One of the things that sets Jess Lee's work apart is his attention to detail and his ability to capture the essence of the Grand Canyon in his photographs. He has a deep understanding of the park's geology, ecology, and history, and he uses that knowledge to create images that are not only beautiful but also informative and educational.

If you're a fan of fine art photography and are looking for a way to bring the beauty of Grand Canyon National Park into your home, you won't be disappointed with Jess Lee's photography gallery page. His stunning photographs capture the essence of the park and are sure to be a conversation starter in any room. So why not take a few minutes to explore his gallery page and see for yourself why Jess Lee is one of the most talented photographers working today?

Grand Canyon Print and Wall Art Purchase Options

My photographs of Grand Canyon National Park are available for you to purchase as Fine Art Prints or Wall Art and place in your home or office. They are for sale as Frameless or Framed Lumachrome® HD Trulife® Acrylic Prints, Exhibit Mounted Metal Prints, and Fuji Crystal Archive Paper Prints. After selecting the desired photo, just select the type and size of print you would like to purchase in the area beneath the photo.

If you are looking for a different size than what is shown or have any other special needs, please contact me.

For more information and details regarding these museum quality landscape prints for sale, please click on this link to my Print Options page. I believe our photographic artwork can brighten up any room and I invite you to see some illustrations of this on my Room Preview page.

Fluffy clouds over the Grand Canyon.

Fine Art Limited Edition Photography of Arizona.

Arizona Canyon Landscapes.This is part of the luxurious collection of fine art, limited edition of 100 Arizona landscape prints. Photos copyright © Jess Lee

Light pouring over the Grand Canyon in Arizona, painting it all sorts of beautiful colors.
Grand Canyon, Arizona
Pink and blue hues shine down onto the Grand Canyon in Arizona.
Arizona | USA
The Grand Canyon during a summer sunset.
Grand Canyon National Park, Arizona | USA
Fluffy clouds over the Grand Canyon.
Grand Canyon, Arizona | USA
View of the expansive Grand Canyon in Arizona.
Grand Canyon National Park, Arizona | USA
Golden hour settling in on Cape Royal, Grand Canyon, Arizona.
Grand Canyon National Park, Arizona | USA
Sunset falling over the Grand Canyon in Arizona.
Grand Canyon National Park, Arizona | USA
Rain storm rolling in over the Grand Canyon in Arizona.
Grand Canyon National Park, Arizona | USA
View of the Grand Canyon in Arizona.
Grand Canyon National Park, Arizona | USA
Arizona's Grand Canyon covered in a thin layer of snow.
Grand Canyon, Arizona | USA
Sun breaking through storm clouds over the Grand Canyon in Red Rocks Country, Arizona.
Grand Canyon National Park, Arizona | USA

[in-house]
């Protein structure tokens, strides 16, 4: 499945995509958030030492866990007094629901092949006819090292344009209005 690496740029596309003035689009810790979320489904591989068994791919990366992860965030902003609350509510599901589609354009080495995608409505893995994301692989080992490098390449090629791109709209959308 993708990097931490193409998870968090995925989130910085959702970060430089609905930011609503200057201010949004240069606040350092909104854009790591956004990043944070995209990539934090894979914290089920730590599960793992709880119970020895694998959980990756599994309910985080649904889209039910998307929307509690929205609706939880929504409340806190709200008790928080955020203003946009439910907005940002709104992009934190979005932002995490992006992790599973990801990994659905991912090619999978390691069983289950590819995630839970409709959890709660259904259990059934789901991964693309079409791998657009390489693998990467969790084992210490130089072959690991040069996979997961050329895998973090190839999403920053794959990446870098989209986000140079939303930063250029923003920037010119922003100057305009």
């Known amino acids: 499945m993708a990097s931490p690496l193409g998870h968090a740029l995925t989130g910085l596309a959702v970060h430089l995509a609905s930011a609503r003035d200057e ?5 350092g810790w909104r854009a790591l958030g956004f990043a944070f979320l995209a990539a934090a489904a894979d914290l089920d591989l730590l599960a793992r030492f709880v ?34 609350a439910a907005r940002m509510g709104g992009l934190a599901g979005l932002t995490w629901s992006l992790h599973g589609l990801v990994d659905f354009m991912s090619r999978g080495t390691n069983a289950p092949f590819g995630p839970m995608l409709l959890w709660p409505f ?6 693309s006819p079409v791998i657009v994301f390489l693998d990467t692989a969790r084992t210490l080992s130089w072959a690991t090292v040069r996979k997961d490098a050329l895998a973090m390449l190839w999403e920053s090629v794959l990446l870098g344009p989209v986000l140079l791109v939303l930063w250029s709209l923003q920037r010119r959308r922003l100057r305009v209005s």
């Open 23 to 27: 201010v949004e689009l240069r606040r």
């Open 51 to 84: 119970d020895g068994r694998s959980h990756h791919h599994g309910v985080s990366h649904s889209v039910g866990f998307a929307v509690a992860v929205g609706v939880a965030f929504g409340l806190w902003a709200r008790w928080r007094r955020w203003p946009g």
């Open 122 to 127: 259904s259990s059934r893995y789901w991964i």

About Jess Lee and the Grand Canyon

Jess Lee is a talented fine art photographer who specializes in capturing the beauty of the natural world. He has spent years photographing Grand Canyon National Park and has created a stunning collection of images that showcase the park's beauty and majesty. His photographs capture the colors and textures of the canyon, the vastness of the landscape, and the play of light and shadow on its surfaces.

In addition to his stunning photography, Jess Lee also has years of experience photographing Grand Canyon National Park. He knows the park intimately and has spent countless hours exploring its nooks and crannies, searching for the perfect shot. His expertise and knowledge make him the perfect photographer to capture the beauty of this iconic landscape.

About the Grand Canyon

"Grand Canyon National Park was designated as such in 1919. The Park is located in central Arizona near Flagstaff, covers over 1.2 million acres and receives over 6 million visitors each year. It is an exciting place to be for Landscape and Nature Photography.

The Park includes 277 miles of the Colorado River. The Grand Canyon is a mile deep and up to 18 miles wide and displays layer upon layer of geological history. Hiking to the Canyon floor is one of the most difficult hikes there is and is only attempted by a small number of people.

The Grand Canyon is a steep-sided canyon carved by the Colorado River in Arizona, United States. The Grand Canyon is 277 miles (446 km) long, up to 18 miles (29 km) wide and attains a depth of over a mile (6,093 feet or 1,857 meters).[5]

The canyon and adjacent rim are contained within Grand Canyon National Park, the Kaibab National Forest, Grand Canyon–Parashant National Monument, the Hualapai Indian Reservation, the Havasupai Indian Reservation and the Navajo Nation. President Theodore Rooseveltwas a major proponent of the preservation of the Grand Canyon area and visited it on numerous occasions to hunt and enjoy the scenery.

Nearly two billion years of Earth's geological history have been exposed as the Colorado River and its tributaries cut their channels through layer after layer of rock while the Colorado Plateau was uplifted.[6] While some aspects about the history of incision of the canyon are debated by geologists,[7] several recent studies support the hypothesis that the Colorado River established its course through the area about 5 to 6 million years ago.[1][8][9] Since that time, the Colorado River has driven the down-cutting of the tributaries and retreat of the cliffs, simultaneously deepening and widening the canyon.